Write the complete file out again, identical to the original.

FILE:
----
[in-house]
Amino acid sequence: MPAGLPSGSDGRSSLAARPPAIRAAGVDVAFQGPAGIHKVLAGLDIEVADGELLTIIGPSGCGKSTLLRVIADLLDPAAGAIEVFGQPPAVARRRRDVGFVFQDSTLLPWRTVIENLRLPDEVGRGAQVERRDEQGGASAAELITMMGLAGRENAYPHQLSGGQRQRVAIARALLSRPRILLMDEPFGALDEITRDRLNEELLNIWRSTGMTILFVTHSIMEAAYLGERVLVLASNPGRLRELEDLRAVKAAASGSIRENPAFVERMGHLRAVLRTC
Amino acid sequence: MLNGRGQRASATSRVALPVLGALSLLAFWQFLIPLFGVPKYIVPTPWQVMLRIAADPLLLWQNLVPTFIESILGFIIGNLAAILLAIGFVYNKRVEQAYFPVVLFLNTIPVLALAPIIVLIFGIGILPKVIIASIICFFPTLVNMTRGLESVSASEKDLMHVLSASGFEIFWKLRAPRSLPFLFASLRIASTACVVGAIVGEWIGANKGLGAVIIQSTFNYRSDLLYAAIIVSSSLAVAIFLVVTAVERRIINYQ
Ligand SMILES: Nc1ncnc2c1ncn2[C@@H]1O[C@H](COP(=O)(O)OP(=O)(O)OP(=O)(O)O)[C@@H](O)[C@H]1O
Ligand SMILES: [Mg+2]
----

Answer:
[in-house]
Amino acid sequence: MPAGLPSGSDGRSSLAARPPAIRAAGVDVAFQGPAGIHKVLAGLDIEVADGELLTIIGPSGCGKSTLLRVIADLLDPAAGAIEVFGQPPAVARRRRDVGFVFQDSTLLPWRTVIENLRLPDEVGRGAQVERRDEQGGASAAELITMMGLAGRENAYPHQLSGGQRQRVAIARALLSRPRILLMDEPFGALDEITRDRLNEELLNIWRSTGMTILFVTHSIMEAAYLGERVLVLASNPGRLRELEDLRAVKAAASGSIRENPAFVERMGHLRAVLRTC
Amino acid sequence: MLNGRGQRASATSRVALPVLGALSLLAFWQFLIPLFGVPKYIVPTPWQVMLRIAADPLLLWQNLVPTFIESILGFIIGNLAAILLAIGFVYNKRVEQAYFPVVLFLNTIPVLALAPIIVLIFGIGILPKVIIASIICFFPTLVNMTRGLESVSASEKDLMHVLSASGFEIFWKLRAPRSLPFLFASLRIASTACVVGAIVGEWIGANKGLGAVIIQSTFNYRSDLLYAAIIVSSSLAVAIFLVVTAVERRIINYQ
Ligand SMILES: Nc1ncnc2c1ncn2[C@@H]1O[C@H](COP(=O)(O)OP(=O)(O)OP(=O)(O)O)[C@@H](O)[C@H]1O
Ligand SMILES: [Mg+2]